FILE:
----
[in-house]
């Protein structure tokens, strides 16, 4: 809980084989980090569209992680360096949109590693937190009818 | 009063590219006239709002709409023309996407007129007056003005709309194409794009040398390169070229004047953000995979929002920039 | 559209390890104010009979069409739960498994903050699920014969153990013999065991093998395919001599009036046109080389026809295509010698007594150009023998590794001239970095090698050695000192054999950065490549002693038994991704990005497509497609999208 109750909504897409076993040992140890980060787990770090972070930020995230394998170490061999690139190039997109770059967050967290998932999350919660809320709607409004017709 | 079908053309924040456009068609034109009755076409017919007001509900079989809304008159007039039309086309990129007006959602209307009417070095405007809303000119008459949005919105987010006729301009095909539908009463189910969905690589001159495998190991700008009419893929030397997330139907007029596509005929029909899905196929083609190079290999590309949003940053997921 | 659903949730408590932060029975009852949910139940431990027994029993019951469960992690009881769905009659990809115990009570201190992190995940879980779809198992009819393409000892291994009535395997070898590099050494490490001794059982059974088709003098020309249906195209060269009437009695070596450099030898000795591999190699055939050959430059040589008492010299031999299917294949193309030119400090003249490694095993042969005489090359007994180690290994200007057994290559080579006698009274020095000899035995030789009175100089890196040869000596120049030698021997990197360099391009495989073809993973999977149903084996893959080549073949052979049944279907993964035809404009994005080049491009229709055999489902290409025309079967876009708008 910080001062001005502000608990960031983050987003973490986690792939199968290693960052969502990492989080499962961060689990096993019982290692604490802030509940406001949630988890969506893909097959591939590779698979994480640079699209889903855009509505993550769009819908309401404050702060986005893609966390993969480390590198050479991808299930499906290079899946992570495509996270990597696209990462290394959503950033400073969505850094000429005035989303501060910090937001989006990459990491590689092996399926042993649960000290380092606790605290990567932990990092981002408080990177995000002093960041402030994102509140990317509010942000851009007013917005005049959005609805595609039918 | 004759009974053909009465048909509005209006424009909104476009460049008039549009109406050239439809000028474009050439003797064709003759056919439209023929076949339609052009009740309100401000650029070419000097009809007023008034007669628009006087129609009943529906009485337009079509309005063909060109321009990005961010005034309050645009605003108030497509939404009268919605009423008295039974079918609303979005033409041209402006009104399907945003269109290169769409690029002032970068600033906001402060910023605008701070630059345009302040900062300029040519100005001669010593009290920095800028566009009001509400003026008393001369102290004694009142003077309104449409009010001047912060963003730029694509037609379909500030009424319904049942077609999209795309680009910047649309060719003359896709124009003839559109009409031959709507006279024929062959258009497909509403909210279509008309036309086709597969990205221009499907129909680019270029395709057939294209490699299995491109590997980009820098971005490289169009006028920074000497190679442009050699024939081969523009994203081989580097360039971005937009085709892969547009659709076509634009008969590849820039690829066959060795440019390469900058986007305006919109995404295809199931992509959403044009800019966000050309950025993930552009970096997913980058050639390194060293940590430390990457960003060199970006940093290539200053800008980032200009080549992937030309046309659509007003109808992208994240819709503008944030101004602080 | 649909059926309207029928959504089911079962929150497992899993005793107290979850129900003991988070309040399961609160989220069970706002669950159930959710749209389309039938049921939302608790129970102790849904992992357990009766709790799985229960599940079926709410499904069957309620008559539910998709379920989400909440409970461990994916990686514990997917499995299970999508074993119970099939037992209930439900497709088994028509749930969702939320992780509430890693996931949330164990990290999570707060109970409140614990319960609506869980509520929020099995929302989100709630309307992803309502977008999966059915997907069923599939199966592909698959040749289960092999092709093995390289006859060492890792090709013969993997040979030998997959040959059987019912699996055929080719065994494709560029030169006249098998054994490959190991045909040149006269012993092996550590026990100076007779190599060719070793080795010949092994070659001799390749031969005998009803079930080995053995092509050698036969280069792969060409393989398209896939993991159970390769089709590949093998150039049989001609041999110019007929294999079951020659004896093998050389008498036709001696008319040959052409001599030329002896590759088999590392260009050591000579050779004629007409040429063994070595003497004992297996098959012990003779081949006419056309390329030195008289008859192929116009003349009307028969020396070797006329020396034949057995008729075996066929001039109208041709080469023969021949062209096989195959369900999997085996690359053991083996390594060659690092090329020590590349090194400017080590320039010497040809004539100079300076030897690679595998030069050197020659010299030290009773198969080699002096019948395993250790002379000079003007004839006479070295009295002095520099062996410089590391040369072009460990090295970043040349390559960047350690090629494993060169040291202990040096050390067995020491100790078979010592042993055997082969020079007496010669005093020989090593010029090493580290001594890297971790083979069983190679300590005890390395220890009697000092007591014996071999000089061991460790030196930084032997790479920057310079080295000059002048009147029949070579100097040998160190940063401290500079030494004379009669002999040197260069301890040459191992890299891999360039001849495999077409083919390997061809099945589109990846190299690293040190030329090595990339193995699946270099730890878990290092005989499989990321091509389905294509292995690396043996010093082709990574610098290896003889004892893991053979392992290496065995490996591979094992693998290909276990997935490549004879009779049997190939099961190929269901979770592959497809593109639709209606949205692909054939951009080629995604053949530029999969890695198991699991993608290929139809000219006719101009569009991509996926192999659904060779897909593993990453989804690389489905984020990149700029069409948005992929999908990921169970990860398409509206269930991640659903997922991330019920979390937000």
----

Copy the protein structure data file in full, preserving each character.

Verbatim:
[in-house]
């Protein structure tokens, strides 16, 4: 809980084989980090569209992680360096949109590693937190009818 | 009063590219006239709002709409023309996407007129007056003005709309194409794009040398390169070229004047953000995979929002920039 | 559209390890104010009979069409739960498994903050699920014969153990013999065991093998395919001599009036046109080389026809295509010698007594150009023998590794001239970095090698050695000192054999950065490549002693038994991704990005497509497609999208 109750909504897409076993040992140890980060787990770090972070930020995230394998170490061999690139190039997109770059967050967290998932999350919660809320709607409004017709 | 079908053309924040456009068609034109009755076409017919007001509900079989809304008159007039039309086309990129007006959602209307009417070095405007809303000119008459949005919105987010006729301009095909539908009463189910969905690589001159495998190991700008009419893929030397997330139907007029596509005929029909899905196929083609190079290999590309949003940053997921 | 659903949730408590932060029975009852949910139940431990027994029993019951469960992690009881769905009659990809115990009570201190992190995940879980779809198992009819393409000892291994009535395997070898590099050494490490001794059982059974088709003098020309249906195209060269009437009695070596450099030898000795591999190699055939050959430059040589008492010299031999299917294949193309030119400090003249490694095993042969005489090359007994180690290994200007057994290559080579006698009274020095000899035995030789009175100089890196040869000596120049030698021997990197360099391009495989073809993973999977149903084996893959080549073949052979049944279907993964035809404009994005080049491009229709055999489902290409025309079967876009708008 910080001062001005502000608990960031983050987003973490986690792939199968290693960052969502990492989080499962961060689990096993019982290692604490802030509940406001949630988890969506893909097959591939590779698979994480640079699209889903855009509505993550769009819908309401404050702060986005893609966390993969480390590198050479991808299930499906290079899946992570495509996270990597696209990462290394959503950033400073969505850094000429005035989303501060910090937001989006990459990491590689092996399926042993649960000290380092606790605290990567932990990092981002408080990177995000002093960041402030994102509140990317509010942000851009007013917005005049959005609805595609039918 | 004759009974053909009465048909509005209006424009909104476009460049008039549009109406050239439809000028474009050439003797064709003759056919439209023929076949339609052009009740309100401000650029070419000097009809007023008034007669628009006087129609009943529906009485337009079509309005063909060109321009990005961010005034309050645009605003108030497509939404009268919605009423008295039974079918609303979005033409041209402006009104399907945003269109290169769409690029002032970068600033906001402060910023605008701070630059345009302040900062300029040519100005001669010593009290920095800028566009009001509400003026008393001369102290004694009142003077309104449409009010001047912060963003730029694509037609379909500030009424319904049942077609999209795309680009910047649309060719003359896709124009003839559109009409031959709507006279024929062959258009497909509403909210279509008309036309086709597969990205221009499907129909680019270029395709057939294209490699299995491109590997980009820098971005490289169009006028920074000497190679442009050699024939081969523009994203081989580097360039971005937009085709892969547009659709076509634009008969590849820039690829066959060795440019390469900058986007305006919109995404295809199931992509959403044009800019966000050309950025993930552009970096997913980058050639390194060293940590430390990457960003060199970006940093290539200053800008980032200009080549992937030309046309659509007003109808992208994240819709503008944030101004602080 | 649909059926309207029928959504089911079962929150497992899993005793107290979850129900003991988070309040399961609160989220069970706002669950159930959710749209389309039938049921939302608790129970102790849904992992357990009766709790799985229960599940079926709410499904069957309620008559539910998709379920989400909440409970461990994916990686514990997917499995299970999508074993119970099939037992209930439900497709088994028509749930969702939320992780509430890693996931949330164990990290999570707060109970409140614990319960609506869980509520929020099995929302989100709630309307992803309502977008999966059915997907069923599939199966592909698959040749289960092999092709093995390289006859060492890792090709013969993997040979030998997959040959059987019912699996055929080719065994494709560029030169006249098998054994490959190991045909040149006269012993092996550590026990100076007779190599060719070793080795010949092994070659001799390749031969005998009803079930080995053995092509050698036969280069792969060409393989398209896939993991159970390769089709590949093998150039049989001609041999110019007929294999079951020659004896093998050389008498036709001696008319040959052409001599030329002896590759088999590392260009050591000579050779004629007409040429063994070595003497004992297996098959012990003779081949006419056309390329030195008289008859192929116009003349009307028969020396070797006329020396034949057995008729075996066929001039109208041709080469023969021949062209096989195959369900999997085996690359053991083996390594060659690092090329020590590349090194400017080590320039010497040809004539100079300076030897690679595998030069050197020659010299030290009773198969080699002096019948395993250790002379000079003007004839006479070295009295002095520099062996410089590391040369072009460990090295970043040349390559960047350690090629494993060169040291202990040096050390067995020491100790078979010592042993055997082969020079007496010669005093020989090593010029090493580290001594890297971790083979069983190679300590005890390395220890009697000092007591014996071999000089061991460790030196930084032997790479920057310079080295000059002048009147029949070579100097040998160190940063401290500079030494004379009669002999040197260069301890040459191992890299891999360039001849495999077409083919390997061809099945589109990846190299690293040190030329090595990339193995699946270099730890878990290092005989499989990321091509389905294509292995690396043996010093082709990574610098290896003889004892893991053979392992290496065995490996591979094992693998290909276990997935490549004879009779049997190939099961190929269901979770592959497809593109639709209606949205692909054939951009080629995604053949530029999969890695198991699991993608290929139809000219006719101009569009991509996926192999659904060779897909593993990453989804690389489905984020990149700029069409948005992929999908990921169970990860398409509206269930991640659903997922991330019920979390937000």